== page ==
I’ve been stocking up on domains. Clearly, I own Scalzi.com. But over the years I’ve owned several others, and as my hosting service charges a mere $6 a year to maintain domain names (a vast improvement over the $35 a year I’d been paying previous), I decided to do a little shopping. Forthwith, these are the domains I now own:

Scalzi.com – Duh. However, Scalzi.net and Scalzi.org are not owned by me, they’re owned by someone named Danielle Scalzi, who’s had them for three years now and has not done anything with them. Maybe I’ll ask her if I can buy them from her, since it would be nice to have all the major hierarchy domains. Not that I’d spend a whole lot on them, mind you, and in any event if you own the “.com” you’ve got the one everyone is going to try first anyway. Even so. Being denied the “.net” and “.org,” I did pick up:

Scalzi.info, and

Scalzi.name. Dunno what I’ll do with them yet. I suspect at some point I might give Scalzi.name its own place and then rent space out to all Scalzis who might want a Web site, and give them their own sub domain (so: kristine.scalzi.name), but that requires logistical planning that I’m not going to get into at the moment.

(Interestingly, Scalzi.it — the domain for Italy — goes to a law firm.)

Johnscalzi.com — Since most personal site domains are usually comprised of first and last names, it just made sense to get this one and have it point to Scalzi.com.

Athenascalzi.com — Because maybe one day she’ll want it. A couple of years ago I had registered athenamarie.com, but I forgot about it and let it lapse, and then someone snapped it up ( a woman named Athena, whose middle name, I would surmise, is Marie).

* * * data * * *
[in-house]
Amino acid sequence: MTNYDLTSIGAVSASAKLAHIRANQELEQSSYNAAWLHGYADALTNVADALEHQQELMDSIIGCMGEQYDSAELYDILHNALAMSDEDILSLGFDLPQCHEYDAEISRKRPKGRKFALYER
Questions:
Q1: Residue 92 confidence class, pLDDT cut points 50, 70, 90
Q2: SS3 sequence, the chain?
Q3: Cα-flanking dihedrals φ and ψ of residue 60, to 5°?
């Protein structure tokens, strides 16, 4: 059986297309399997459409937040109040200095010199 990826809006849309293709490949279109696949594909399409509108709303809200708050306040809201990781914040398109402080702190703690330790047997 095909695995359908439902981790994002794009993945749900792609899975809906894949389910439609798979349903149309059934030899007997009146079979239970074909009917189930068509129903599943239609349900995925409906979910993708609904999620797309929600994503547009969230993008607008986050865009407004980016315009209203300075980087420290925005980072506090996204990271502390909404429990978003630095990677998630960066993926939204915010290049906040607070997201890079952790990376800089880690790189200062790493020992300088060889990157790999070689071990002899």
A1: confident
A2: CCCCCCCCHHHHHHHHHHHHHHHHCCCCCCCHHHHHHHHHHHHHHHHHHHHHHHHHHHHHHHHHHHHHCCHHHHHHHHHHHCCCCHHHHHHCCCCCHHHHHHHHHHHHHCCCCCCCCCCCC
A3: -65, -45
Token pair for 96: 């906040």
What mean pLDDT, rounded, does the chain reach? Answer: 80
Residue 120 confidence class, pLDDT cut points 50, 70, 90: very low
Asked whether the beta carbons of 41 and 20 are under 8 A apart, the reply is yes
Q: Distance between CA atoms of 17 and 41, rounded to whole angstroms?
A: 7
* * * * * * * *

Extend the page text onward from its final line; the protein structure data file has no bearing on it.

Mencken.com — I keep meaning to do something with this — maybe a political group blog — but again, time and effort and all that conspire against me. Be that as it may, I was somewhat amazed it was available when I checked several years ago; you’d think some libertarian or conservative would have snapped this baby up. Well, I have it, baby. Bwa ha ha ha ha!

Bookofthedumb.com — mostly to make sure some competitor didn’t snap it up and use it point to their own books.

Oldmanswar.com — Well, why not?

Indiecrit.com — Late, lamented. I wish I had more time for it.

Blogcritics.com — I actually bought this at the behest of Eric Olsen, who wanted it for the review site he was creating, but a communication mix-up cause him to construct the site at Blogcritics.org. I still own this domain, but it points to the other site. I keep meaning to transfer it over to him, but time, hassle, yadda yadda yadda.

While I was making my recent spree of domain purchases I gave some thought to purchasing scalzisucks.com and johnscalzisucks.com, but then I thought, hell, if someone hates me just that much, who I am I to stop them. Also, with a site name like ScalziSucks.com, it would be pretty clear it wouldn’t be an objective font of Scalzi information. You can’t get too worked up about crap like that (also, quite honestly, I don’t really expect those domains to be snapped up any time soon).

Now I feel all domain-y.